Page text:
To Boldly Go...

(I made these bookmarks for the Honor America Days Parade in Rome with the theme of Celebrating Our Diversity)
(All rights reserved. Do not copy)
(click on the bookmark to go to Mike Arcuri's site)

(click on the picture to see more Trek Inspiration Posters)

I was looking for something to honor what started 40 years ago today. OK, so the piece directly above doesn't really honor Star Trek, but how often has Captain Kirk yelled out your name, eh??

But I just couldn't find any one thing that covers the whole journey. How do you find one thing that touches all the ways Star Trek has been in my life?

It was Saturday evening TV time...
It was saving my money and buying "grown up books" from the sci-fi shelves instead of the children's collection...
It was empathizing with Spock's dual heritage...
It was how I told time in the pre-remote control days of TV the months I spent in a body cast...

But of all things Trek in my life, what I value the most is the whole concept of IDIC. Trek didn't invent it. But Trek did offer it in a way that deeply resonated in many people. And that's where the top most piece came from.

Happy Birthday, Star Trek.


Chickens Voting for Colonel Saunders

I just read an entry at DownWithTyranny that flashed me back to a nightmare from 2000.

By 2000, I'd been active in local politics for several years. And I was also learning that though I might only wear one hat at a time, all the hats are a part of me and none get left behind as I go through my day. Thus, while working on campaign and listening to potential candidates, I listened with ears of women, Muslims, workers, counselors, people caring about kids and the elderly, and all the other lenses with which I see Life.

So, that Sunday before Election Day in 2000, when I opened my email and received SEVERAL copies of a American Muslim group's endorsement of Bush, I got a bit crazy.


As much as I'm not over the theft of the Election, I'm still angry at some group took it upon themself to claim my opinion. Well, that is also what Bin Forgotten and Bush are doing too, but there's an assumption that national groups are not psychotic megalomaniacs.

DownWithTyranny says:
I've always been able to look at Bush's narrow, hateful face and see the bigotry right down to the core of his dark, dark soul.
I've seen bigotry look me straight in the eye. I've heard it as I overheard conversations. I've read it on paper that was put in my hands and on walls as I've driven or walked by.

So have you. If you think you haven't... open your eyes and start listening.

September 16, 2001:
Bush made the same point during his remarks at the White House. "This crusade, this war on terrorism is gonna take awhile. And the American people must be patient. I'm gonna be patient," Bush said.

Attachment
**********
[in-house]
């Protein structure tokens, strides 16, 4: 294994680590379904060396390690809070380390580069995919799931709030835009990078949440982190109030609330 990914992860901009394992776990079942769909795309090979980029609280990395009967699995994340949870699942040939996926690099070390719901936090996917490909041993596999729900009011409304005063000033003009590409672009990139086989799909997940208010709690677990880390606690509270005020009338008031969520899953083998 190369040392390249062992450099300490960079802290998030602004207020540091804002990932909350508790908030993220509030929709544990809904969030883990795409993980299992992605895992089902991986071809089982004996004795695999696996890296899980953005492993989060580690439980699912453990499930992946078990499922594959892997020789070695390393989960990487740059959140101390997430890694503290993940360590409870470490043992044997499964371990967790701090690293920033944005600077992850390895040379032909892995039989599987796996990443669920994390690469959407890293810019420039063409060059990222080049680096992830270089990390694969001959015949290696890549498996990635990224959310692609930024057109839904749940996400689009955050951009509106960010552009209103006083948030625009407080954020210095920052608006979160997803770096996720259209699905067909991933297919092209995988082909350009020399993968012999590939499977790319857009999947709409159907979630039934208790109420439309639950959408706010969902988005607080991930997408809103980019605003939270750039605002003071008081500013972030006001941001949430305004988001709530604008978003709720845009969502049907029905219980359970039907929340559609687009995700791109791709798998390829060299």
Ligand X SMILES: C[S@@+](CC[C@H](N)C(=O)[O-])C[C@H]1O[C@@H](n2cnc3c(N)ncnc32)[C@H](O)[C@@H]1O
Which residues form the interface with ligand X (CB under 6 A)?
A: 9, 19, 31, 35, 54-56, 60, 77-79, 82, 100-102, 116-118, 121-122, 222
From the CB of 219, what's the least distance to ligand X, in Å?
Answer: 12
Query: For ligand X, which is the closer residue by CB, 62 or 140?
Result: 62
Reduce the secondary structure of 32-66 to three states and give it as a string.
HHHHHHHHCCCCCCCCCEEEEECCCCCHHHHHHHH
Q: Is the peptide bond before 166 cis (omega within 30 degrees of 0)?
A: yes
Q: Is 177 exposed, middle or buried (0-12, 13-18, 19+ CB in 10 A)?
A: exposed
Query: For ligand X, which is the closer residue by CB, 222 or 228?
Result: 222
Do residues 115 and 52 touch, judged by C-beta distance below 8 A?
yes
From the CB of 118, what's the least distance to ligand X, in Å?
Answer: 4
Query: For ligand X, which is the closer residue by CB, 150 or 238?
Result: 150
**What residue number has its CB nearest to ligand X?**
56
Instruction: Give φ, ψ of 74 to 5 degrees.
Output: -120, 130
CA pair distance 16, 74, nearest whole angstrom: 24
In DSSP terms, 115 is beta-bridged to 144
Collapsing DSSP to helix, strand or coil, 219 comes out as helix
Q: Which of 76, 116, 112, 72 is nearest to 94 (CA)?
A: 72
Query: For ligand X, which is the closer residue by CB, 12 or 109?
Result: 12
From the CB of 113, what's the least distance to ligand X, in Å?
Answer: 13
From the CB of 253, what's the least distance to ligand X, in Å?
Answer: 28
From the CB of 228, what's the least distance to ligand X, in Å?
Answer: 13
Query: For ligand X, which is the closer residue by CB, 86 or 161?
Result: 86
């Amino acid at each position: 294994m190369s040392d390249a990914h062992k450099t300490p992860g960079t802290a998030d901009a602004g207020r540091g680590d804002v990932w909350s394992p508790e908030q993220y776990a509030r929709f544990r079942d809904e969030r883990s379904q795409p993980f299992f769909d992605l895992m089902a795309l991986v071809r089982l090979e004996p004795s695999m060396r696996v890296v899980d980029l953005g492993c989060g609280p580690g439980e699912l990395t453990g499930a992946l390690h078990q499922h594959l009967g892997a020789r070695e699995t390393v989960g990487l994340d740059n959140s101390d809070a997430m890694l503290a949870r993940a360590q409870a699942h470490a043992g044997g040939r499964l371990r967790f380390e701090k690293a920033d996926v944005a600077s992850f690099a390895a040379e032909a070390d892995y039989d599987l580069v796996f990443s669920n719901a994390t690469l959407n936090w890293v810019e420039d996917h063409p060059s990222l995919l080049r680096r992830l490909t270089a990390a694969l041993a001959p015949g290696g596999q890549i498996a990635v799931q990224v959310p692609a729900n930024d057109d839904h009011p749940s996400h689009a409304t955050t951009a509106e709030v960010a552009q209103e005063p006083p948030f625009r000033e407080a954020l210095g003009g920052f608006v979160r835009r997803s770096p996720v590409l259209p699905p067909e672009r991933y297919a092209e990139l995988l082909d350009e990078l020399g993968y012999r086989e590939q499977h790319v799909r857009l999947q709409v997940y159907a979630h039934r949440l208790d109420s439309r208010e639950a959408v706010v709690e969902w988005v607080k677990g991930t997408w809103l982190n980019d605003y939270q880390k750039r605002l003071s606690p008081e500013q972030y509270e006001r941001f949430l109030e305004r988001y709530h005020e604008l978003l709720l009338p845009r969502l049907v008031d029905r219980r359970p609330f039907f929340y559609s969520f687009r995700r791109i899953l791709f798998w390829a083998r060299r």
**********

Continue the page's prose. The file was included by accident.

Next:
September 2, 2006:
"You know what I'm gonna tell those Jews when I get to Israel, don't you Herman?" a then Governor George W. Bush allegedly asked a reporter for the Austin American-Statesman.

When the journalist, Ken Herman, replied that he did not know, Bush reportedly delivered the punch line: "I'm telling 'em they're all going to hell."

August 22, 2006:
Republican Sen. Conrad Burns, whose re-election campaign is pressing for tighter immigration controls, referred to his house painter as "a nice little Guatemalan man" and suggested that worker as well as employees of a roofing company he hired might be in the country illegally.

August 14, 2006:
Earlier this month, George Allen, a Republican senator from Virginia, twice referred to an opponent's volunteer using a term for a monkey, considered by some to be a racial slur. "Let's give a welcome to Macaca here," Allen said. "Welcome to America and the real world of Virginia."

There is a part of me that cringes at being so angry at the Colonel Saunder supporting chickens. People do have the right to be masochists and make their own lives miserable.

But they don't have the right to sell off others or their children. Or worse yet, raise their children to buy into the proverbial butcher.

Some of those Muslims who sent me their endorsements of Bush now regret doing so. Not only did they get a scathing reply from me, but I'm also considerably less likely to engage them in politics anymore. Some realized how ignorant they were. But more often, the biggest regret is that Bush sits in the White House.

In January, Mike Arcuri attended the community dinner held by my mosque. He was the first political guest in my memory who stayed for the entire dinner. And he not only stayed, but he also conversed with countless other diners and sat at a table of congregation members instead of a head table.

He GETS not just the importance of diversity but the celebration of it.